James, Thank you for this article. It seems in opposition to others I’ve read on this site. Of course you are from NH too so, that may help a bit :-)

    • James England

      I’m not at all in opposition to training or practice but I do enjoy good dialogue about what role both play in making a good concealed carrier.

  • Massolo

    I had to take a class in Oregon in order to get my CHL. I’d had 30 years of prior gun handling experience beforehand, so knew everything and the class was pointless and inane for me. What was scary were the other people in the class, 30-50 year old’s with no prior gun experience at all, given a simplistic and inept 90 minute tutorial on weapons, who will now think that is all the training they need. I just hope some realize that they really need some one on one instruction before they get involved with a potential scenario that they will need to fire in.

    • David

      And your point Massolo? Are you saying they would be better with NO training at all?

  • David

    This is the most sensible post that I have seen on this site. Of course training is needed, for ANYONE wanting to own a gun. Some don’t even know which end the bullet comes out apparently! Others don’t know that you don’t leave a loaded gun laying around where there are kids or there might conceivable be kids. This alone could have saved 150,000 kids from death or injury by gun in the last 10 years – at least 40 kids A DAY are killed or injured EVERY DAY in the US with guns. So obviously training is needed. Especially if we don’t want our kids or someone else’s kids to be on of the 40 A DAY killed or injured in the US. Not to mention the adults too. 108 people A DAY are killed with guns in the US! A DAY!!! I would say that that training was more than essential!
    So I suggest that you try to get training for gun owners instead of pushing for more and more gun ownership with NO background checks, NO permits and NO training.
    Just a suggestion.

    • What is your definition of child – and how many of those killings are the result of legal guns?

      • David

        What difference does it make how old the children are? Is it OK for kids to be killed with guns if they are over 5? Is it OK if the gun is legal? Or OK if it is illegal? I don’t understand your question, or your point.

        • Jesse Beaumont

          I think he is referring to the left’s tendency to include gang related deaths of teenagers in the numbers of “children” killed by guns daily.

  • Hunter Ongun

    Well, obviously firearms training is important (I am more of the carrier 3 kind of guy). However, so is the classroom. State laws differ in justifiable use of deadly force and not knowing when to use one’s firearm can ruin one’s life.

  • David Rosier

    I’m somewhere between 2 and 3. I have taken tactical hand gun courses and shoot / don’t shoot situational large video gallery simulations, but my visits to the range are only every couple of months. I’m not a big “Gun Guy” I carry because I believe it’s the resposible thing to do, but going to the range is a bit of a chore and in my area its kind of expensive. The only range close to me charges quite a lot and makes you buy their ammo at inflated prices. It sucks because I can reload my own for much cheaper.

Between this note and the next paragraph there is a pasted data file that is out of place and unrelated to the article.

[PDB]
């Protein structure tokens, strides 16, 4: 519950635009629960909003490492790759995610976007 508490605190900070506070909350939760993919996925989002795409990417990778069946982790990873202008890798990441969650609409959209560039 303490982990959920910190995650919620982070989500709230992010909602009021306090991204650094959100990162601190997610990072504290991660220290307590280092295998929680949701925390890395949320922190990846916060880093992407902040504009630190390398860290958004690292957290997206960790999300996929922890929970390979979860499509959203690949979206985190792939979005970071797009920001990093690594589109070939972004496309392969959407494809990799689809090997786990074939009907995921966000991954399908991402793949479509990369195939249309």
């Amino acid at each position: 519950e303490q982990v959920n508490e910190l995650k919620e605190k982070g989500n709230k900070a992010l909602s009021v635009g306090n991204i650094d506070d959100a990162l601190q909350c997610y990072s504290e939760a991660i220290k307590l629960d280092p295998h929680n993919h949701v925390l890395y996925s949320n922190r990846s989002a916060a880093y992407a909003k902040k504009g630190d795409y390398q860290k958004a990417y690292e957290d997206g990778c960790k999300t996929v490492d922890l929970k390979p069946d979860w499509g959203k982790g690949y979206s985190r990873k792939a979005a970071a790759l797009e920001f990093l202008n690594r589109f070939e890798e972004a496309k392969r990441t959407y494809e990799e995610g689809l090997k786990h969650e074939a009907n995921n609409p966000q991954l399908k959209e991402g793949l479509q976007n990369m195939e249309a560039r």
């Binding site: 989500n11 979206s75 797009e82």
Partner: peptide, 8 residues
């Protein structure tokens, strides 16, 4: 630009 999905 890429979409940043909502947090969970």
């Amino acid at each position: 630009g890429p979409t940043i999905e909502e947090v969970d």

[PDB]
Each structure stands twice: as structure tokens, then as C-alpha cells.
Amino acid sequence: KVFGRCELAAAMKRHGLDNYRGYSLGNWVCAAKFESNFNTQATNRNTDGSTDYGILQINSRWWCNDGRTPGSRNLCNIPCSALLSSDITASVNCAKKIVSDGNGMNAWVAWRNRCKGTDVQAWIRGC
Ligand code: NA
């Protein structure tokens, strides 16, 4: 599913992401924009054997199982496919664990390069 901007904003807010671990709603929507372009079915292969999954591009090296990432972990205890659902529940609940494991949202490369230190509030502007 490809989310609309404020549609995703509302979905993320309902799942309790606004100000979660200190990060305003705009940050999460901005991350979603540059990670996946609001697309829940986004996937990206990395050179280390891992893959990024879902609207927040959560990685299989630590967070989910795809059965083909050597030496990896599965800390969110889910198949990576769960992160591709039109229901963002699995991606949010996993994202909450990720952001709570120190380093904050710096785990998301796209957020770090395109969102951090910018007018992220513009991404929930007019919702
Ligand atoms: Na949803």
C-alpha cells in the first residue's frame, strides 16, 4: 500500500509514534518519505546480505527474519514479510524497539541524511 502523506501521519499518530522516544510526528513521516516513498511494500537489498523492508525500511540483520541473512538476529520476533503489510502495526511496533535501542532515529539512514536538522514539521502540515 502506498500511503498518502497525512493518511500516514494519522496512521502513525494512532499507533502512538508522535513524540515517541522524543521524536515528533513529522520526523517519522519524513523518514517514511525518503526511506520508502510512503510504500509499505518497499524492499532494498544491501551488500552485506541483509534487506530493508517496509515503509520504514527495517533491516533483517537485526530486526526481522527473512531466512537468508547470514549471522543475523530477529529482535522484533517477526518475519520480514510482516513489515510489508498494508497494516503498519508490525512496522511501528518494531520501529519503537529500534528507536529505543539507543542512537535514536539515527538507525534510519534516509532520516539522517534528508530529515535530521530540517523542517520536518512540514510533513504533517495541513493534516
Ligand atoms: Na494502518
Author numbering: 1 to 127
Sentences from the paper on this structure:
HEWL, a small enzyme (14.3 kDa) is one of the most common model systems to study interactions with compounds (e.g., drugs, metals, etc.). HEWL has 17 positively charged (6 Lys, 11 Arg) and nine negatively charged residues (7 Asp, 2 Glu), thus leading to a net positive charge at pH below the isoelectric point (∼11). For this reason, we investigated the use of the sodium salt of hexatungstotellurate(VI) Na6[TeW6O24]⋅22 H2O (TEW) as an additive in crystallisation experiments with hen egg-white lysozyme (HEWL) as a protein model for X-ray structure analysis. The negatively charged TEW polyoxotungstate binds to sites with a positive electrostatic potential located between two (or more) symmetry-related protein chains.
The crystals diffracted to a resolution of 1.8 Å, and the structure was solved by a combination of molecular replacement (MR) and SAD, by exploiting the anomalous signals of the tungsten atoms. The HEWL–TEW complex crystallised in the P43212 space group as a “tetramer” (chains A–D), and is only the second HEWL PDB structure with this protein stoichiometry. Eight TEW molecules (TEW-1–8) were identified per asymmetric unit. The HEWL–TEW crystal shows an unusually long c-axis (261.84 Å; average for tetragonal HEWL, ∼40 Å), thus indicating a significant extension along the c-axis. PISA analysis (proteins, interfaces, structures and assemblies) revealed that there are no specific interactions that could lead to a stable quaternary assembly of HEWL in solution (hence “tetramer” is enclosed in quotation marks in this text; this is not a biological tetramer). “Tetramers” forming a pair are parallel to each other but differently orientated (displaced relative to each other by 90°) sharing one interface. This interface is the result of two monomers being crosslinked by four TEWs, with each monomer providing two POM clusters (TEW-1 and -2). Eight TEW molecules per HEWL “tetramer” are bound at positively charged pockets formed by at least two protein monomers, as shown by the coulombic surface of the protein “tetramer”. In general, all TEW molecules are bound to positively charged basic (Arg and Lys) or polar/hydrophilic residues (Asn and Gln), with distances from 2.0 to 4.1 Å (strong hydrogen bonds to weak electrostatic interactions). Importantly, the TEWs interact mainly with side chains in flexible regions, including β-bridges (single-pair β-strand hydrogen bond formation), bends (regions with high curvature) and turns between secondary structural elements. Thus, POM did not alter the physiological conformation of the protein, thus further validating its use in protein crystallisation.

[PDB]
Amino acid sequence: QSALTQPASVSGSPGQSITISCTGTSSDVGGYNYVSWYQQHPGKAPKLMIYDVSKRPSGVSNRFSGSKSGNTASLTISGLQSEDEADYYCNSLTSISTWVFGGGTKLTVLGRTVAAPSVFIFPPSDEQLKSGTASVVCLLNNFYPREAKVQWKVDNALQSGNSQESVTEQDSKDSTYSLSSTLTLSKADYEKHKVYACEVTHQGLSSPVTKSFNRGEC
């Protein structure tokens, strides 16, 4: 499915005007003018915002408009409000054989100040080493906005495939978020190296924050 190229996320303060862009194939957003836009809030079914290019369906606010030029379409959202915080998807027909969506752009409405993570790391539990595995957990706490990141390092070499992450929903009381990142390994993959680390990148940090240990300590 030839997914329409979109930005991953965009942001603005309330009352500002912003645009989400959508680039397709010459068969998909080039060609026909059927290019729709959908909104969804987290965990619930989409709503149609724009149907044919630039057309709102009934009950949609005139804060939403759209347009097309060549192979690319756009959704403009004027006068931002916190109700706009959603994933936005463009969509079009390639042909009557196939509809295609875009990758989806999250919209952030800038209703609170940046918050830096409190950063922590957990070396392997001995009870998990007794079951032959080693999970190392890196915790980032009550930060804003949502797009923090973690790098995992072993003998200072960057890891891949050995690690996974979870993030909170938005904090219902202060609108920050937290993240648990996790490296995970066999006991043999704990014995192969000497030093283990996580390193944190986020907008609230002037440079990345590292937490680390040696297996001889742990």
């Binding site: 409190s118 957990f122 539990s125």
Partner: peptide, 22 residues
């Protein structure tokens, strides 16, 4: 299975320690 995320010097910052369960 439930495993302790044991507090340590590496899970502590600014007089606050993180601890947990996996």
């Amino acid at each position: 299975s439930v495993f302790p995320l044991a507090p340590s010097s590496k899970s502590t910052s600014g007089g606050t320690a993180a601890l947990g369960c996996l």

• edster48

    Do you “need” training? In short, no. As long as you’re aware of, and abide by the basic rules of firearms handling, chances are you’ll be able to defend yourself should you need to. Remember, this isn’t brain surgery, criminals with room temperature IQ’s manage it all the time. That being said, some training is desirable for a number of reasons. Getting comfortable with the “bang” and manipulating your firearm, learning your strengths and limitations, and most importantly { IMHO } learning to stay calm and fix the problem when you squeeze the trigger, and all you hear is “click”.

  • Lawman45

    Wrong. The biggest danger in a self-defense situation is shooting when not authorized by law to use deadly force. At 6 feet, you are unllikely to miss and the hours spent shooting at a 75 foot bullseye through a target sight won’t add much, although it will be fun. The biggest hinderance to a successful DGU is reluctance to pull the trigger in an incident that won’t last more than 3-5 seconds. Mental prep beats range time 10 to 1.

    A P2C is about carrying in public places to enable the carrier to engage in self-defense. It is about WHEN the law authorizes you to use deadly force. In a course, the student should spend plenty of time analyzing hypothetical assault situations and the proper and legal response.

    States that require an actual shooting exercise often require some form of minimal safety and handling training before the exercise but not a full basic course that teaches a person who has “never touched one” HOW to shoot. Remember that most self-defense shootings occur at 21 feet or less, most often at less than 6 feet.

    If you need practice, get it elsewhere. The same with defensive tactics. The P2C course is the beginning not the end of a carrier’s learning curve.

  • Lawman45

    BTW, neither Pennsylvania nor Washington requires any type of training. This has been so for over 50 years and covers over a million current permit holders. They have had no problems caused by the training lack.

  • Dan Weymouth

    Yes and yes and yes. I am all for the CC class. Newbies, oldbies. Whatever. learning the legal in and outs is really a good thing to know. And its right there info so you don’t miss one part or the other. Teaching everyone firearm handling safety and basics is never a bad idea. Teach those who don’t know. Correct those who are doing it wrong. And being taught by a professional. I consider all that nothing but good things to know.